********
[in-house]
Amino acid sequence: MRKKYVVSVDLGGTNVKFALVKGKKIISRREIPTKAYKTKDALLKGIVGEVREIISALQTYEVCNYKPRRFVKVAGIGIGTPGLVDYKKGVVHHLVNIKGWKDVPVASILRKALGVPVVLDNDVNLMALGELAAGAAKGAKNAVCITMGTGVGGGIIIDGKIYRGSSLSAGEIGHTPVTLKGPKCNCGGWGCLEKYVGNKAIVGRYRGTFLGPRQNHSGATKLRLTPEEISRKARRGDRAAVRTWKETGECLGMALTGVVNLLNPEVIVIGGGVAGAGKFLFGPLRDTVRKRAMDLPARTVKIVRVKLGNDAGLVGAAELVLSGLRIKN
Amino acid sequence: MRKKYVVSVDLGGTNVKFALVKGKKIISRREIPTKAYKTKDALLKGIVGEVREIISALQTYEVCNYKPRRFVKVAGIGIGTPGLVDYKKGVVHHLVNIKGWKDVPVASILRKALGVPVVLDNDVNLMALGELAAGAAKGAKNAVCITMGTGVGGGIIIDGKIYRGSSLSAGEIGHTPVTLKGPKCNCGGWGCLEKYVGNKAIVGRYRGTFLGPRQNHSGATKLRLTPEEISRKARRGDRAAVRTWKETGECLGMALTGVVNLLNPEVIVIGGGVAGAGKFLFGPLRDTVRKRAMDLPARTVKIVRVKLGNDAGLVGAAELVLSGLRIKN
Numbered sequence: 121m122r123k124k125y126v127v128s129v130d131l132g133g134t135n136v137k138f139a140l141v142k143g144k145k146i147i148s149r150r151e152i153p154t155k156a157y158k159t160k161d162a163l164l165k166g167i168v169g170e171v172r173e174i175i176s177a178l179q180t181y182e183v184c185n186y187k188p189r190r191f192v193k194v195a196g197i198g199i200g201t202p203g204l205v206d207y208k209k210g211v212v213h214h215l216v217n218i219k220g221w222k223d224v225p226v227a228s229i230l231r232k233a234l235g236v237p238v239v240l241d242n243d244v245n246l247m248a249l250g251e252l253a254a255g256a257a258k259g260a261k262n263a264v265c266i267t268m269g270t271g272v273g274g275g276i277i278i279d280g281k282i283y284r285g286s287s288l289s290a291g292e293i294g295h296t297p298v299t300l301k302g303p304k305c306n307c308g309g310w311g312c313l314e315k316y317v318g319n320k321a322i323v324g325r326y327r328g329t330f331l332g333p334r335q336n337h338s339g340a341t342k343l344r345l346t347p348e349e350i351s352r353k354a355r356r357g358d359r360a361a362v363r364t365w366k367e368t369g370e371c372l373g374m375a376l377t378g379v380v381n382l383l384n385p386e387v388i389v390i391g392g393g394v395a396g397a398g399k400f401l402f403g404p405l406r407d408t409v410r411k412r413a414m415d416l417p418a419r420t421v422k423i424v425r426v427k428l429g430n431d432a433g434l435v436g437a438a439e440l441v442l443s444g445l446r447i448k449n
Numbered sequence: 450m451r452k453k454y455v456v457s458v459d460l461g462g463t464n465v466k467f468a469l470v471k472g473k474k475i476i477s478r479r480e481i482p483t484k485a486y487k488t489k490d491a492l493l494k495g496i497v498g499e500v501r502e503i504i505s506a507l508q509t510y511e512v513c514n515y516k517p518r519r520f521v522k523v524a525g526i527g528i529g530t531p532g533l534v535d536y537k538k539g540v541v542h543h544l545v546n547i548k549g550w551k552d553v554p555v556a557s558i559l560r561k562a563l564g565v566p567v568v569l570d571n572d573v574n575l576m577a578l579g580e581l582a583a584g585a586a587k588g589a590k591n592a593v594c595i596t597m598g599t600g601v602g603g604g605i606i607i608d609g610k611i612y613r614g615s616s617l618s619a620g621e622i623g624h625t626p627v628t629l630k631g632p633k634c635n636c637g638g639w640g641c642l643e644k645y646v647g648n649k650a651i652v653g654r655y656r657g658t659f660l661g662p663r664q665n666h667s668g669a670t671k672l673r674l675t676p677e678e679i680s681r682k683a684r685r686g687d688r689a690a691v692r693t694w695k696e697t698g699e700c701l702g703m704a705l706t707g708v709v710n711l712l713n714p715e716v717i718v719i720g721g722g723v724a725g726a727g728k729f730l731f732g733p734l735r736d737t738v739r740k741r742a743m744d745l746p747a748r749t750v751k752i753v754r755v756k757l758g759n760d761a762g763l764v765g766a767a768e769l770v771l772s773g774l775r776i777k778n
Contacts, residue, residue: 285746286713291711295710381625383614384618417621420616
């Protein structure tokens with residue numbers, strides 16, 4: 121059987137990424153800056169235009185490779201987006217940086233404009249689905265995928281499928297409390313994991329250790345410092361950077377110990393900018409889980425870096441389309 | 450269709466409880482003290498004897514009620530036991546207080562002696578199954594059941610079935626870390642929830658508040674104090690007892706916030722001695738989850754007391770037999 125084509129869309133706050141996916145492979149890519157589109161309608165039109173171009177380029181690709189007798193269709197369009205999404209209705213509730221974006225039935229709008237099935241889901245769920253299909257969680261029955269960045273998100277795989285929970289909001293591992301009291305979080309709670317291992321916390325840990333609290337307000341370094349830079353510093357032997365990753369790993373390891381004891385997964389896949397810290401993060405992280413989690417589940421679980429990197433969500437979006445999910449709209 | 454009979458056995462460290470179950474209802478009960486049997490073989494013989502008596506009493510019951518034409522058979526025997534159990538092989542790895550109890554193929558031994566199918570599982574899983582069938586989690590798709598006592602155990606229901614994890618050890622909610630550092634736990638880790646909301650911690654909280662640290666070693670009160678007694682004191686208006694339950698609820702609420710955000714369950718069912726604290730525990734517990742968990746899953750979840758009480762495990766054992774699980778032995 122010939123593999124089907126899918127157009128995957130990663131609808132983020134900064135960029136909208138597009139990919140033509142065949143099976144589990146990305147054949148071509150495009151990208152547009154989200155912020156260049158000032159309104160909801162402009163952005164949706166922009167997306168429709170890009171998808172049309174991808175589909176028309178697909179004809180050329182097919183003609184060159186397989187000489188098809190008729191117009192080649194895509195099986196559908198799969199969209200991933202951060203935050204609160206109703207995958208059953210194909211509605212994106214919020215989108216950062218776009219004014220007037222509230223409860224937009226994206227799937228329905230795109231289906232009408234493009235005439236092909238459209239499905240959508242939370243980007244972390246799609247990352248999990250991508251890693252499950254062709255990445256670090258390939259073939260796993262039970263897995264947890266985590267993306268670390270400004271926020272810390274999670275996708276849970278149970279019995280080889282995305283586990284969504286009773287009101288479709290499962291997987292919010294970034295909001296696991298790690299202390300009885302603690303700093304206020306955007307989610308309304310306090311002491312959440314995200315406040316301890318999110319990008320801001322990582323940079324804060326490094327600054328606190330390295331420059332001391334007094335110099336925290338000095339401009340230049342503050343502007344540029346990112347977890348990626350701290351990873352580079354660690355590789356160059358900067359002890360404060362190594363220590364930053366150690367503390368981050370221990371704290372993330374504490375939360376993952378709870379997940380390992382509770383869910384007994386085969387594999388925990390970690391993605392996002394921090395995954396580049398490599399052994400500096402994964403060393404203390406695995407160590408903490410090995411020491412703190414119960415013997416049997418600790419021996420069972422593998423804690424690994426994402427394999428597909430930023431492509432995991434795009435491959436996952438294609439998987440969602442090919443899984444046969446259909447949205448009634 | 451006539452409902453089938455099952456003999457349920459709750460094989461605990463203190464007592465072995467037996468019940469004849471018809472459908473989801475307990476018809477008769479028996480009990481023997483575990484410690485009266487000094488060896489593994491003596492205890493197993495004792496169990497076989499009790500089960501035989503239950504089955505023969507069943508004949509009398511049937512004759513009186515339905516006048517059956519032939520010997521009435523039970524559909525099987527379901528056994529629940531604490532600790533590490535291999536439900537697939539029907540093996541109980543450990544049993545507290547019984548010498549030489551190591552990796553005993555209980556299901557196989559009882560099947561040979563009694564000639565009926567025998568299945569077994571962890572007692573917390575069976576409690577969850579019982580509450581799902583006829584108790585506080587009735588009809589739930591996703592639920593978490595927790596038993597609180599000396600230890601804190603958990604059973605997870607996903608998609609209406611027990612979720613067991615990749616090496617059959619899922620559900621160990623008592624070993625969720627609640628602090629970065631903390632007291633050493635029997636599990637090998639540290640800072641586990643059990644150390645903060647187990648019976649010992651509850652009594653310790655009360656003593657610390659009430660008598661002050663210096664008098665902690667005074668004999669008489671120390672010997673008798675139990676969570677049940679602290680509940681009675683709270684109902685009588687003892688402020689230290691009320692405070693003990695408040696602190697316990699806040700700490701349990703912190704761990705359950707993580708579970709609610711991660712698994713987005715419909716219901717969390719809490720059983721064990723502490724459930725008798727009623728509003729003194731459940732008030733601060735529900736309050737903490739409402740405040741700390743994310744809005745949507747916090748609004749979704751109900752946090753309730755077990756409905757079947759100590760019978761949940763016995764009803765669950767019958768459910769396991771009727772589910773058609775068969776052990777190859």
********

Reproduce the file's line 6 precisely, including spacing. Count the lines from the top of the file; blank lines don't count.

Contacts, residue, residue: 285746286713291711295710381625383614384618417621420616